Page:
A Taliban commander has revealed that the terrorist group wants Islamic law implemented all over the world. The commander, known as Nisar, made the revelation in a recent interview with The Telegraph.
Nisar told the media outlet that the Taliban wants “good relations” with the rest of the world and that they want to “work with foreigners.” The journalist who interviewed the commander said that he was warmly welcomed inside the government building. He calls the greeting the Taliban’s “charm offensive” after a long period of viewing Western journalists with suspicion.
Nisar joined the insurgent group 18 years ago. “I joined the Taliban because when the Americans came, we had our government, our culture and the Americans came and attacked us… They didn’t want to come for al-Qaeda, they had their own interests and wanted to destroy our country,” he said.
The commander added that the Taliban will learn from its mistakes in the past. Due to internal fighting, there was no opportunity to properly govern, he admits. But this time, “it will be a little bit different” because “we have our Islamic law.” However, Nisar’s ambition for an Islamic state does not stop at the borders of Afghanistan.
“We are happy that we are victorious. We fought for 20 years. We want Islamic law, and not just in Afghanistan,” the commander stated.
One Taliban fighter said that the Islamic emirate would be “forever” and that the West should not come to Afghanistan again or they will have to fight with the Taliban “for another 20 years.” Another one called British and Americans “infidels.”
The Taliban has officially renamed the country the Islamic Emirate of Afghanistan. The outfit’s Supreme Leader Haibatullah Akhundzada recently stated that the newly formed government will uphold “Islamic rules and Sharia law in the country.” He insisted that the Islamic Emirate “has no problem with anyone.”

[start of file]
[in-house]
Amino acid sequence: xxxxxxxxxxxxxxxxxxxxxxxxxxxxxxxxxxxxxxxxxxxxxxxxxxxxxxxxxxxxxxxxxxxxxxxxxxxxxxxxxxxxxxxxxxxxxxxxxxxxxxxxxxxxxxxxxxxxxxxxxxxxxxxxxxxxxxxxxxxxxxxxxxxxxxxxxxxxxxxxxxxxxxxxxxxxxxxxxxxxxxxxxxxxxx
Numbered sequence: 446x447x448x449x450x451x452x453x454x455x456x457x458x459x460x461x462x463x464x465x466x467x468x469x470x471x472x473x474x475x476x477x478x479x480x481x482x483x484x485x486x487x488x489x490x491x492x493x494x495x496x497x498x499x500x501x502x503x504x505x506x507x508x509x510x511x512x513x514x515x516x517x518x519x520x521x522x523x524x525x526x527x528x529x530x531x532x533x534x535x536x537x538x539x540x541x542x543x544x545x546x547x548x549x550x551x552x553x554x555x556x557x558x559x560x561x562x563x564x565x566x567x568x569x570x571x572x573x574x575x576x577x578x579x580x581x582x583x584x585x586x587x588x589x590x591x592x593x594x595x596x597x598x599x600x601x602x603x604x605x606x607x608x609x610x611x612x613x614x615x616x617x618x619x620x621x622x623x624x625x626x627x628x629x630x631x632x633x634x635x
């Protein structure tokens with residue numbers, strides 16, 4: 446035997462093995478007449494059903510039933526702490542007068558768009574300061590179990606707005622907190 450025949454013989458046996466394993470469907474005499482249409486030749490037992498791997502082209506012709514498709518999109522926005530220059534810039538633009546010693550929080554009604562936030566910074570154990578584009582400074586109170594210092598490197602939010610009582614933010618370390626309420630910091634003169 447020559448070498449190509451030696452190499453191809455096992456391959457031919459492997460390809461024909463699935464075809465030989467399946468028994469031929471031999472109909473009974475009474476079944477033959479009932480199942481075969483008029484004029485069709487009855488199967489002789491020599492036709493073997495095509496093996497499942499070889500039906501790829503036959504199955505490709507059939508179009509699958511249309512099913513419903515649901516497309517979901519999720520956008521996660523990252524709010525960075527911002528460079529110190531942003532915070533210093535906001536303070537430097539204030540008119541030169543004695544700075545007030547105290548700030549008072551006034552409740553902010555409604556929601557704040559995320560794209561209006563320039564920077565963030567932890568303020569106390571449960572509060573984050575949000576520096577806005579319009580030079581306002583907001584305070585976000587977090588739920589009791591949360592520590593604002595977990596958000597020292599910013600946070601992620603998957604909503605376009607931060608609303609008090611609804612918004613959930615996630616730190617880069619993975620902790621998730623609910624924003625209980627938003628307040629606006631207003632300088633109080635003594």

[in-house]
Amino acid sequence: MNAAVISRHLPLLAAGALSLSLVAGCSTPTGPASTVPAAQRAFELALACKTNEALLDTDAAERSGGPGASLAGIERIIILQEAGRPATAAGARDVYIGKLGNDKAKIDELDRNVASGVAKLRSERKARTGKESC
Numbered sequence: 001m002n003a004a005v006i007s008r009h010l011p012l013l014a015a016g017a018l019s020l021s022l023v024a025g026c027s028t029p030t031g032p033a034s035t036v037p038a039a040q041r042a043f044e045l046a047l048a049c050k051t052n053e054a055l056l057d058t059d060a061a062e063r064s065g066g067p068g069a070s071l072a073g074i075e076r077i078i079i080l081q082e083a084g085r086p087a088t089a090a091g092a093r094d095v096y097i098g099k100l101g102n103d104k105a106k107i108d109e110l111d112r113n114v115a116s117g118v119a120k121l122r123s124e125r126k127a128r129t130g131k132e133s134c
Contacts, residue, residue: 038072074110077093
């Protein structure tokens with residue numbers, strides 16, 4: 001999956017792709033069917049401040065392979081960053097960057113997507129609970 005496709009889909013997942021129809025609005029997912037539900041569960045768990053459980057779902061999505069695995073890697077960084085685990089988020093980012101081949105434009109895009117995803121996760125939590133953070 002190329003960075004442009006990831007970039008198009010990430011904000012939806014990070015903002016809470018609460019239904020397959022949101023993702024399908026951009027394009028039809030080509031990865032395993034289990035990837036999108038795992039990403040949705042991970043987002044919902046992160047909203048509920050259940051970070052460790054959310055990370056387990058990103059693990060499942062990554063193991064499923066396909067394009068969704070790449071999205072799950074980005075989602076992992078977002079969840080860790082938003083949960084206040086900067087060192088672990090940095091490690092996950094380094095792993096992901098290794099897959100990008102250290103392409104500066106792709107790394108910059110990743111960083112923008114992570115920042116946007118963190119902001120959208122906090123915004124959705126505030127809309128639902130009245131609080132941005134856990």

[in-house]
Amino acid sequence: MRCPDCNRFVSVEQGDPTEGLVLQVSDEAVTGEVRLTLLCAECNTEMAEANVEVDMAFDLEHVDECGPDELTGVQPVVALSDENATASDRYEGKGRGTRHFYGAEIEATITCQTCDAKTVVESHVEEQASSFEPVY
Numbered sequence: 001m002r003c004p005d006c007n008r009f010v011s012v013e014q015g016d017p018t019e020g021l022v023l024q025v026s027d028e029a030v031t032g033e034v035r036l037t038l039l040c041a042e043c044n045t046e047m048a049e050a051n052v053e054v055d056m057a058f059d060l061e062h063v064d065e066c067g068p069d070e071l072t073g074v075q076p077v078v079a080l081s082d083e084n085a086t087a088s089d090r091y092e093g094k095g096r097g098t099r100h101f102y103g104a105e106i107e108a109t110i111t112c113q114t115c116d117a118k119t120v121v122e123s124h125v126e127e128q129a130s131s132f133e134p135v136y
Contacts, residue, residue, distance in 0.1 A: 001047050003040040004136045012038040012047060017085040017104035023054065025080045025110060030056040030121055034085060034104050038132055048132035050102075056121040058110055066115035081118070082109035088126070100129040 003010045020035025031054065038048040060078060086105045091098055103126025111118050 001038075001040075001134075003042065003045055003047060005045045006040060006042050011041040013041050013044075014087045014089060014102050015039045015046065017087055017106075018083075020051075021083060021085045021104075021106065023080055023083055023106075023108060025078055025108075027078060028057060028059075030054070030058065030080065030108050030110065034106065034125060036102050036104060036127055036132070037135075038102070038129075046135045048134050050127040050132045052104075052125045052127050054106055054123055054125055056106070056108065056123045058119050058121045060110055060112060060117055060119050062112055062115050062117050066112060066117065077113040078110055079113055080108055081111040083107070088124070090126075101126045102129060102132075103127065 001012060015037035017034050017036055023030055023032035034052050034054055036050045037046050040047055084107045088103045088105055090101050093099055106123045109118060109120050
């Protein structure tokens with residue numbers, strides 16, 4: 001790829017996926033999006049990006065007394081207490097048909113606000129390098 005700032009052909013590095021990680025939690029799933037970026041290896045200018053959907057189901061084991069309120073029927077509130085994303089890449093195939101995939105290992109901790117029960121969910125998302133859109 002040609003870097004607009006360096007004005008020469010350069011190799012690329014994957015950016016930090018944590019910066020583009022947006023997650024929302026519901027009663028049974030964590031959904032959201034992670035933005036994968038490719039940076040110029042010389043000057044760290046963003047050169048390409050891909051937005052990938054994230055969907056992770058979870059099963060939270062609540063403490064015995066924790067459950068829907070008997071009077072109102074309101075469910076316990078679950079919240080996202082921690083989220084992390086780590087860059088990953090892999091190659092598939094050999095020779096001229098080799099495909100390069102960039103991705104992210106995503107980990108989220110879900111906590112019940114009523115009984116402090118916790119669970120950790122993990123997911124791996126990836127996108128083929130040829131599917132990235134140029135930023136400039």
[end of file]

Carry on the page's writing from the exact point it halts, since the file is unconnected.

The Print’s recent analysis of 23 Muslim-majority countries showed that preference for Sharia and personal freedoms in the state have a negative relationship. It means that nations, where there is a strong approval for Sharia, are places where there are severe restrictions on individual freedoms. Countries like Iraq, Pakistan, Bangladesh, and Egypt, where there is a huge preference for Sharia law, also have low levels of freedom.
“Bosnia and Herzegovina and Albania, the two Muslim-majority countries in eastern Europe, where individuals were freer than the global average score, had the lowest approval for Sharia as the law of the land — around 10-12 percent,” says The Print report.
A key issue of the Taliban’s Sharia rule is the lack of women’s rights. Zia Shahreyar, a senior journalist with BBC Persian, recently tweeted a video of an interview with a Talibani official who compared women with melons.
“Do you buy a sliced melon or an intact melon. Of course the intact one. A woman without Hijab is like a sliced melon,” the official says in the interview.
Though the Taliban has said that it would respect the rights of women, the reality seems to be completely different. The government formed by the Taliban does not have a single female minister.
Dozens of women took to the streets to protest against the all-male interim government. They said that they will not accept an administration that does not have females in power. The authorities beat up the women and dispersed the protestors. Journalists who covered the protests were also detained and beaten.
Taliban fighters blame the West for women protesting on the streets. “Those women are Westernized and they want a Western government and they are against Islamic law. In Islam, there’s great respect for women. I wonder why they are protesting,” a fighter said.
The Taliban has banned sports activities for women, claiming it will “expose their bodies.” Ahmadullah Wasiq, deputy head of the Taliban’s cultural commission, stated that sports were not necessary for women.
Taliban is also insisting that only female teachers educate females. If enough women teachers are not available, “old men” of good character will teach them. Women attending universities are now required to wear a full-length dress and a garment that covers their faces. The classes must be divided by a curtain or segregated by gender.